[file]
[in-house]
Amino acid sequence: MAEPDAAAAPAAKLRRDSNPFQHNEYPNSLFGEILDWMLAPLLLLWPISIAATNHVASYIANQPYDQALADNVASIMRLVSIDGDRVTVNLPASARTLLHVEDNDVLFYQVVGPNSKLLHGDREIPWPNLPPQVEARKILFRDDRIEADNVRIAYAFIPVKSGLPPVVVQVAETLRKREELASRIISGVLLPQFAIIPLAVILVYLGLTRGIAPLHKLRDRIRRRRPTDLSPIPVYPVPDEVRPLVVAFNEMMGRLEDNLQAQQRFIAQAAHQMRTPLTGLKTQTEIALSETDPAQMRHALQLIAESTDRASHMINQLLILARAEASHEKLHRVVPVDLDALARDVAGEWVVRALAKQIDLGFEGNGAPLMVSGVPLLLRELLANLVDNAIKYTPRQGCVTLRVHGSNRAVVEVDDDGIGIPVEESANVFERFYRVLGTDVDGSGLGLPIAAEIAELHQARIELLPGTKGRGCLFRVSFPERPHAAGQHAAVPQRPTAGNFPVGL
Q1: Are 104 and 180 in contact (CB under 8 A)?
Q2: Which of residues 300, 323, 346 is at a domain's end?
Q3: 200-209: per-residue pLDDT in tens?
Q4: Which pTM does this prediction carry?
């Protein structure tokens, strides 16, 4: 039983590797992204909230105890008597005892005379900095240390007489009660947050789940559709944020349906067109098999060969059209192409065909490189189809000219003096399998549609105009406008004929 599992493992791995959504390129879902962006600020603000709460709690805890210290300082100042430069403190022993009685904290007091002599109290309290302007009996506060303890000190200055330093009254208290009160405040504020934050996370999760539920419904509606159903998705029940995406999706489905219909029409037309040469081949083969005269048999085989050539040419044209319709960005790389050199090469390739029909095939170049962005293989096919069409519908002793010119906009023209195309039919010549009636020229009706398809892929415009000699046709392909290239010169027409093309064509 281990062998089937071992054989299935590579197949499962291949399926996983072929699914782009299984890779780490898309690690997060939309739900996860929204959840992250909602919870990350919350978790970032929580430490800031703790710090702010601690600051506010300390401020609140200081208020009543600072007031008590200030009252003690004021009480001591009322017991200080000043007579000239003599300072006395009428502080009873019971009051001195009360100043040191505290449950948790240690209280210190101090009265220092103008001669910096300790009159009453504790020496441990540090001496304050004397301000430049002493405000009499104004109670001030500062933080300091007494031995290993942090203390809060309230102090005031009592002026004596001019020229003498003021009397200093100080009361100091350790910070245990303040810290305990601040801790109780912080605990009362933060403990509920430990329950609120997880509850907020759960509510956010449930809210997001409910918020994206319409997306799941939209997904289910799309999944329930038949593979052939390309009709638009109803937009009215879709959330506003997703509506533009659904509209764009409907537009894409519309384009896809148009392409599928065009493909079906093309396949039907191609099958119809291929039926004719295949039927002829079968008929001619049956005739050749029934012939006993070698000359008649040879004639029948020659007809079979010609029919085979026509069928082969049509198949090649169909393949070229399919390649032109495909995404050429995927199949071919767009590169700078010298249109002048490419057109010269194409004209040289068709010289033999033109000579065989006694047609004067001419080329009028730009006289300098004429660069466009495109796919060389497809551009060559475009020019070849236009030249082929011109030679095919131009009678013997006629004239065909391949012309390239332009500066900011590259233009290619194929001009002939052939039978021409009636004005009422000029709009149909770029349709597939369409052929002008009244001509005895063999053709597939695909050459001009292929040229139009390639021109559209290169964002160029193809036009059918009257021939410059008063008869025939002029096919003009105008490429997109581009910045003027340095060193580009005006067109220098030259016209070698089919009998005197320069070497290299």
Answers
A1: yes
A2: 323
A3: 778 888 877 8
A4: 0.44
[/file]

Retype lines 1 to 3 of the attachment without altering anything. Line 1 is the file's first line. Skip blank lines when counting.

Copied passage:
[in-house]
Amino acid sequence: MAEPDAAAAPAAKLRRDSNPFQHNEYPNSLFGEILDWMLAPLLLLWPISIAATNHVASYIANQPYDQALADNVASIMRLVSIDGDRVTVNLPASARTLLHVEDNDVLFYQVVGPNSKLLHGDREIPWPNLPPQVEARKILFRDDRIEADNVRIAYAFIPVKSGLPPVVVQVAETLRKREELASRIISGVLLPQFAIIPLAVILVYLGLTRGIAPLHKLRDRIRRRRPTDLSPIPVYPVPDEVRPLVVAFNEMMGRLEDNLQAQQRFIAQAAHQMRTPLTGLKTQTEIALSETDPAQMRHALQLIAESTDRASHMINQLLILARAEASHEKLHRVVPVDLDALARDVAGEWVVRALAKQIDLGFEGNGAPLMVSGVPLLLRELLANLVDNAIKYTPRQGCVTLRVHGSNRAVVEVDDDGIGIPVEESANVFERFYRVLGTDVDGSGLGLPIAAEIAELHQARIELLPGTKGRGCLFRVSFPERPHAAGQHAAVPQRPTAGNFPVGL
Q1: Are 104 and 180 in contact (CB under 8 A)?